I have figured it all out, the parenting gig.
It’s basically the hardest job I have ever had (next to back-up dancer for some guy named Steve, who played for about three people in a basement bar called O’Malleys, and yes, dad, if you’re reading this I am sorry. It seemed like a good idea at the time.)
You know, the more I think about it, the whole back up dancer for an abysmally unsuccessful man with a pony tail and a dream was actually good experience for parenting, in some ways. But that’s a post for another day.
Are you ready for the key to perfect parenting? Here it is:
The rule for being the best parent ever is:
Last weekend I packed up my bags and left them. All three of my cherubs (husband included in this mix) were all alone with some pizza and a lot of football for the whole weekend, while I attended a writers’ conference in Indiana, and tried to remember the days when I wore professional clothing on a regular basis. And do you know something? IT WAS AWESOME.
Especially for the following reasons:
1. Writers are my peeps. True, we are a quirky, sometimes rather unbalanced lot, but we get each other.
2. Writers accept dark jeans as “professional clothing” so my tuckus has still not seen a nice pair of pants for, oh, some years now. Now, truthfully, my dark jeans had rhinestones all over the back pockets. I do like my rear end to sparkle. And I did have a moment of trepidation when I realized my glittery bottom did not really shout “serious writer,” but I decided I was gonna speak my TRUTH, ya’ll, with a rear that would be a shining beacon for all to see.
3. In my presentation, I got to talk about myself. Yea!
4. People actually LISTENED to me talk about myself! ADDED BONUS. SO BEYOND MY EXPECTATIONS, I TELL YOU.
5. My hotel room.
Now, let me just interject here with a brief description of me walking into my hotel room:
Walking down hall with plastic key and rollie suitcase, all, “here I am, a writer, doing my writer thing, all grown up and somewhat professional in my dark jeans, just gonna freshen up in my hotel room-” (opens door, after some problems with the plastic key thingie, user error, of course)
“OH HOLY SNAP. THERE’S A KEURIG IN HERE.”
(I did some sort of weird shimmy twerking thing that would shame my entire family, but HOLY ROOM SERVICE, BATMAN, I AM ALL ALONE HERE FOR TWO DAYYYYYS.)
- Big fluffy pillows that have been slept on my a majillion other people but I don’t care because mine now? Check!
- Big bed in which I will sleep, not sharing, just me, all alone, by myself, no mouth breathing toddlers or snoring husbands or weird cats, JUST MEEEEEEE? Check!
- A marathon of Say Yes to the Dress AND Dirty Dancing, in which I can program the remote to bounce back and forth between the two, with crazed Swayze, poofy wedding dress fervor as much as I like? Say Yes to the Check!!!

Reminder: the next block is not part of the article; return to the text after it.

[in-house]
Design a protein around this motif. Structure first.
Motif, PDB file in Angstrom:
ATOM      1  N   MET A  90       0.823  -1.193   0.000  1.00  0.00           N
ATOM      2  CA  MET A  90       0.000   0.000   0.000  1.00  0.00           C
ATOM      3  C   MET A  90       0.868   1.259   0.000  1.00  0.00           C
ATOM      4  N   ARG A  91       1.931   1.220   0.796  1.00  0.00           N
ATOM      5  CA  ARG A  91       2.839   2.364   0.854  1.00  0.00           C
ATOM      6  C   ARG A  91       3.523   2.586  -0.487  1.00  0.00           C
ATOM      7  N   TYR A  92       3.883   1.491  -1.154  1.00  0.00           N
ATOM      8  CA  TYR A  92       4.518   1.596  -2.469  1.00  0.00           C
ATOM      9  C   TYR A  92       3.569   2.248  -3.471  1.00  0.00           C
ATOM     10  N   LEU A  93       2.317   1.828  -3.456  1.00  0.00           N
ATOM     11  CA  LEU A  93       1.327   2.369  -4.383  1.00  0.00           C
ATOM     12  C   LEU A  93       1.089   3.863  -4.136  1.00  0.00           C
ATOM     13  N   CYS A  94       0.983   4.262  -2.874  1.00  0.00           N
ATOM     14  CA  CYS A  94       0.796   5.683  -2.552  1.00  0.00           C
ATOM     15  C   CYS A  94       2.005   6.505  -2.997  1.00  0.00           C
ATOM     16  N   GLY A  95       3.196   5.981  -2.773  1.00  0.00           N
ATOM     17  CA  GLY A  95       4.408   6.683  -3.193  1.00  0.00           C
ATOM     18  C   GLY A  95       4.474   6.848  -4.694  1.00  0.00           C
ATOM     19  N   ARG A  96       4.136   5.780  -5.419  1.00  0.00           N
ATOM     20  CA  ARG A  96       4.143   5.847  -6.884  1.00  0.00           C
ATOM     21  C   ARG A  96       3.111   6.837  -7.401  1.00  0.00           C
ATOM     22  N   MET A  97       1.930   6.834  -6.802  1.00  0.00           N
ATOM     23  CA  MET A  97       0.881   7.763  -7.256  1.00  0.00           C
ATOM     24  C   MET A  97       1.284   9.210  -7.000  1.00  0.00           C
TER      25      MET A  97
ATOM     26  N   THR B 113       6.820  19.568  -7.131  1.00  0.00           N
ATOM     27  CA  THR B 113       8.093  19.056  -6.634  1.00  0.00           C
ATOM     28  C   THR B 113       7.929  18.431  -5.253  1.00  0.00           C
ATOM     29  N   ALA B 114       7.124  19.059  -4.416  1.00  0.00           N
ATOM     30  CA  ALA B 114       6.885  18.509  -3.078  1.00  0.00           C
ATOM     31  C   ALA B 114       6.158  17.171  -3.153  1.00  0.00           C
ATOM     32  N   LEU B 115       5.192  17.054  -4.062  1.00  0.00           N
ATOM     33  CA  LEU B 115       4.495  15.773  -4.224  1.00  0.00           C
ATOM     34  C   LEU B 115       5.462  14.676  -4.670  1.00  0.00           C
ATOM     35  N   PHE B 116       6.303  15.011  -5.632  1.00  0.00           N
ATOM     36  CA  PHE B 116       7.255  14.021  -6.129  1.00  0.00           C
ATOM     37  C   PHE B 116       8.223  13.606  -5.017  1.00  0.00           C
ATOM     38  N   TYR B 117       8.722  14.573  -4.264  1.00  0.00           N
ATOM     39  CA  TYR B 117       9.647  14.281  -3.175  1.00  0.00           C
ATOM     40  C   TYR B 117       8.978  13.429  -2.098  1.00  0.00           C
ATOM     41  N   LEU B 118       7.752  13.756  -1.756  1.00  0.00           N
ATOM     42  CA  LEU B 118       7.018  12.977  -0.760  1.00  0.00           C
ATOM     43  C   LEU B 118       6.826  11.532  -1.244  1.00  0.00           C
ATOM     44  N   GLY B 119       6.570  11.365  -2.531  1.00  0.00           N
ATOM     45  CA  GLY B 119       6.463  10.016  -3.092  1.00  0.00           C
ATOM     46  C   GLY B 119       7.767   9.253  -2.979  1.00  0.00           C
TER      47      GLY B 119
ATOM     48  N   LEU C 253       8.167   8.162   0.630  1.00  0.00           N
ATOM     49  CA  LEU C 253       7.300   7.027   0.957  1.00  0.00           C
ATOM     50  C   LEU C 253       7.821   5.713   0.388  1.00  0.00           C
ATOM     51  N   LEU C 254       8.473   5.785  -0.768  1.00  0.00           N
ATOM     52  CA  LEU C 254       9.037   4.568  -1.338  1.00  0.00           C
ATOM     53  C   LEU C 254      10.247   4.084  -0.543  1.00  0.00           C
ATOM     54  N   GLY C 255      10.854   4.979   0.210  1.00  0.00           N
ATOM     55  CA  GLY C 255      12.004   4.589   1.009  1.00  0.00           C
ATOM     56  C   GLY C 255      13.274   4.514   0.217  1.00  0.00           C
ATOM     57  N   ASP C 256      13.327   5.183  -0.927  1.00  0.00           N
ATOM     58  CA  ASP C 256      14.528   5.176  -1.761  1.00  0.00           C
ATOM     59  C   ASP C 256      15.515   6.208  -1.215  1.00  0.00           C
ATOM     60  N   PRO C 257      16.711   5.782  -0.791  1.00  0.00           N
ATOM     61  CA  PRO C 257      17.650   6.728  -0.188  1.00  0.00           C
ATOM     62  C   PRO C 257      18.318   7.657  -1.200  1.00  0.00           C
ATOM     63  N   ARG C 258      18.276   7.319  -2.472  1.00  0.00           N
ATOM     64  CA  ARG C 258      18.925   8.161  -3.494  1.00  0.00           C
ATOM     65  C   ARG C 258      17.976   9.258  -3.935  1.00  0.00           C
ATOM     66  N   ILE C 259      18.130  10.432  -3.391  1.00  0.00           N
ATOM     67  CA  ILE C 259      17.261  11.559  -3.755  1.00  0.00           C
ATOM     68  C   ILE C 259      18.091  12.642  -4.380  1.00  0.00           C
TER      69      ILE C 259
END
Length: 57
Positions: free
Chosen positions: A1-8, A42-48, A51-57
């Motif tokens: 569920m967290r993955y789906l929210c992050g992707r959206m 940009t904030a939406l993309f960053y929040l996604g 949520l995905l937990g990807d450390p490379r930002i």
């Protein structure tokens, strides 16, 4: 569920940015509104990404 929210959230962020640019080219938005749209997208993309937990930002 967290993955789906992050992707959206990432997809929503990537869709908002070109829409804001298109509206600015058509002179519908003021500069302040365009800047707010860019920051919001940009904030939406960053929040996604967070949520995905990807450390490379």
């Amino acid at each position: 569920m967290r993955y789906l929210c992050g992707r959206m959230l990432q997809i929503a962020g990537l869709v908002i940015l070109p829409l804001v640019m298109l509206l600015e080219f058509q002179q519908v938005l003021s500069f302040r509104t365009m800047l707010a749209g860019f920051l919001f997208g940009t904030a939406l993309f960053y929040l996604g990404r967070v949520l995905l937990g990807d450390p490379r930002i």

Um. It is quite possible I had rather strong feelings about my hotel room.
After a good fifteen minutes of me just wandering around, fondling all the appliances like one of those stick model women on The Price is Right, I decided to, you know, actually go to the conference.
But ya’ll? For a moment there I seriously considered jumping on the bed, ordering 400$ worth of room service, and then, NEVER LEAVING THAT ROOM.
For all of you waiting in breathless anticipation: No, I am not still in that room. I did actually return home. It involved a lot of driving and grim resignation to the fact that I would again have to do my own laundry. And ohhhh no, not just MY laundry, but the laundry of three boys and sometimes, it seems, additional toddlers from all over the neighborhood. In the spectrum of life, I rate laundry just a scooch above how I feel about political ads.
But back I came, like a neurotic little boomerang, drawn always, back to these three:
Oh, and Shemp?
As much as I gripe (the lawyer interjects here with actual statistics on how often griping occurs in my posts, along with moaning, whining, general malaise, and some bad singing of 80’s music, but who needs statistics when you have important things to say?) I did actually like returning home.
THEY WERE ALL ASLEEP WHEN I GOT THERE, for starters.
Ok, ok, and seriously? I love them. I really do. I loved that hotel room with a deep and passionate ardor, yes, but it didn’t hold a candle to the life I have here. Which, if I really allow myself to think about it, pretty much looks like the life of Consuela, my housekeeping lady, who cleaned up after me the whole time back at the hotel.
Call me Consuela, I still choose home.
But I’ll be back, hotel room, next year. Wait for me, darling? We’ll have a lot of catching up to do. I know there will be a conference in there somewhere too, but honestly? You had me at hotel room.